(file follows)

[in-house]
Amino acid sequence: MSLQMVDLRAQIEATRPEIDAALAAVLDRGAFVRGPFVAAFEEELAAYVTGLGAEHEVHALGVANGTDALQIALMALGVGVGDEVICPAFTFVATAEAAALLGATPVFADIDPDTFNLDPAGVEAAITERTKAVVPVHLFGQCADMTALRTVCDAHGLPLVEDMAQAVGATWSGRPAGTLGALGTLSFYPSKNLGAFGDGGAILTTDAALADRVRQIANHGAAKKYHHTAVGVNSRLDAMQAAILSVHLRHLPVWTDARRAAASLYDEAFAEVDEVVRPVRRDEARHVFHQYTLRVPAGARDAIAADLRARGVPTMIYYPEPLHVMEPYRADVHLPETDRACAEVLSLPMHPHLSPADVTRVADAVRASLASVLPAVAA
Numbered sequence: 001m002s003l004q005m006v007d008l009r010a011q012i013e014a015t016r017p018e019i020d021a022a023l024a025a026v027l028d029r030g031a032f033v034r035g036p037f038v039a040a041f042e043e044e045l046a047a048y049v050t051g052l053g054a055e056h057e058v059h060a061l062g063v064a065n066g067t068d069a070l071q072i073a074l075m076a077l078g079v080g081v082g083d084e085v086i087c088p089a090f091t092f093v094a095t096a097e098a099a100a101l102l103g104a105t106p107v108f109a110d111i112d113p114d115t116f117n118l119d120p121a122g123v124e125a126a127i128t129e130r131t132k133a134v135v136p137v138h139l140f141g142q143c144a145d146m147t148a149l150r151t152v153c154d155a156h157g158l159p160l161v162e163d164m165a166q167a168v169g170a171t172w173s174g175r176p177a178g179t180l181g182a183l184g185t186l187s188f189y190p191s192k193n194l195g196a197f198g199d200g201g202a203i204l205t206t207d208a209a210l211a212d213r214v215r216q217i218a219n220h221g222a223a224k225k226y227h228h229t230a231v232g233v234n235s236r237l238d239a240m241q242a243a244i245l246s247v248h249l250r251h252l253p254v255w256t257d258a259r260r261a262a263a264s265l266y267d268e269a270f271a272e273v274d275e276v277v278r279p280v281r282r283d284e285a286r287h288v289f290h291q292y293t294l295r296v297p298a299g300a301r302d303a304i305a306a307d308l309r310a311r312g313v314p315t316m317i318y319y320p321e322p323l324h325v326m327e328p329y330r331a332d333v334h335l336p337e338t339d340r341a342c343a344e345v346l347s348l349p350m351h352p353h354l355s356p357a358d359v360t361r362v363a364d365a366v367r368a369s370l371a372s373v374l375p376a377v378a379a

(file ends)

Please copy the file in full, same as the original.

[in-house]
Amino acid sequence: MSLQMVDLRAQIEATRPEIDAALAAVLDRGAFVRGPFVAAFEEELAAYVTGLGAEHEVHALGVANGTDALQIALMALGVGVGDEVICPAFTFVATAEAAALLGATPVFADIDPDTFNLDPAGVEAAITERTKAVVPVHLFGQCADMTALRTVCDAHGLPLVEDMAQAVGATWSGRPAGTLGALGTLSFYPSKNLGAFGDGGAILTTDAALADRVRQIANHGAAKKYHHTAVGVNSRLDAMQAAILSVHLRHLPVWTDARRAAASLYDEAFAEVDEVVRPVRRDEARHVFHQYTLRVPAGARDAIAADLRARGVPTMIYYPEPLHVMEPYRADVHLPETDRACAEVLSLPMHPHLSPADVTRVADAVRASLASVLPAVAA
Numbered sequence: 001m002s003l004q005m006v007d008l009r010a011q012i013e014a015t016r017p018e019i020d021a022a023l024a025a026v027l028d029r030g031a032f033v034r035g036p037f038v039a040a041f042e043e044e045l046a047a048y049v050t051g052l053g054a055e056h057e058v059h060a061l062g063v064a065n066g067t068d069a070l071q072i073a074l075m076a077l078g079v080g081v082g083d084e085v086i087c088p089a090f091t092f093v094a095t096a097e098a099a100a101l102l103g104a105t106p107v108f109a110d111i112d113p114d115t116f117n118l119d120p121a122g123v124e125a126a127i128t129e130r131t132k133a134v135v136p137v138h139l140f141g142q143c144a145d146m147t148a149l150r151t152v153c154d155a156h157g158l159p160l161v162e163d164m165a166q167a168v169g170a171t172w173s174g175r176p177a178g179t180l181g182a183l184g185t186l187s188f189y190p191s192k193n194l195g196a197f198g199d200g201g202a203i204l205t206t207d208a209a210l211a212d213r214v215r216q217i218a219n220h221g222a223a224k225k226y227h228h229t230a231v232g233v234n235s236r237l238d239a240m241q242a243a244i245l246s247v248h249l250r251h252l253p254v255w256t257d258a259r260r261a262a263a264s265l266y267d268e269a270f271a272e273v274d275e276v277v278r279p280v281r282r283d284e285a286r287h288v289f290h291q292y293t294l295r296v297p298a299g300a301r302d303a304i305a306a307d308l309r310a311r312g313v314p315t316m317i318y319y320p321e322p323l324h325v326m327e328p329y330r331a332d333v334h335l336p337e338t339d340r341a342c343a344e345v346l347s348l349p350m351h352p353h354l355s356p357a358d359v360t361r362v363a364d365a366v367r368a369s370l371a372s373v374l375p376a377v378a379a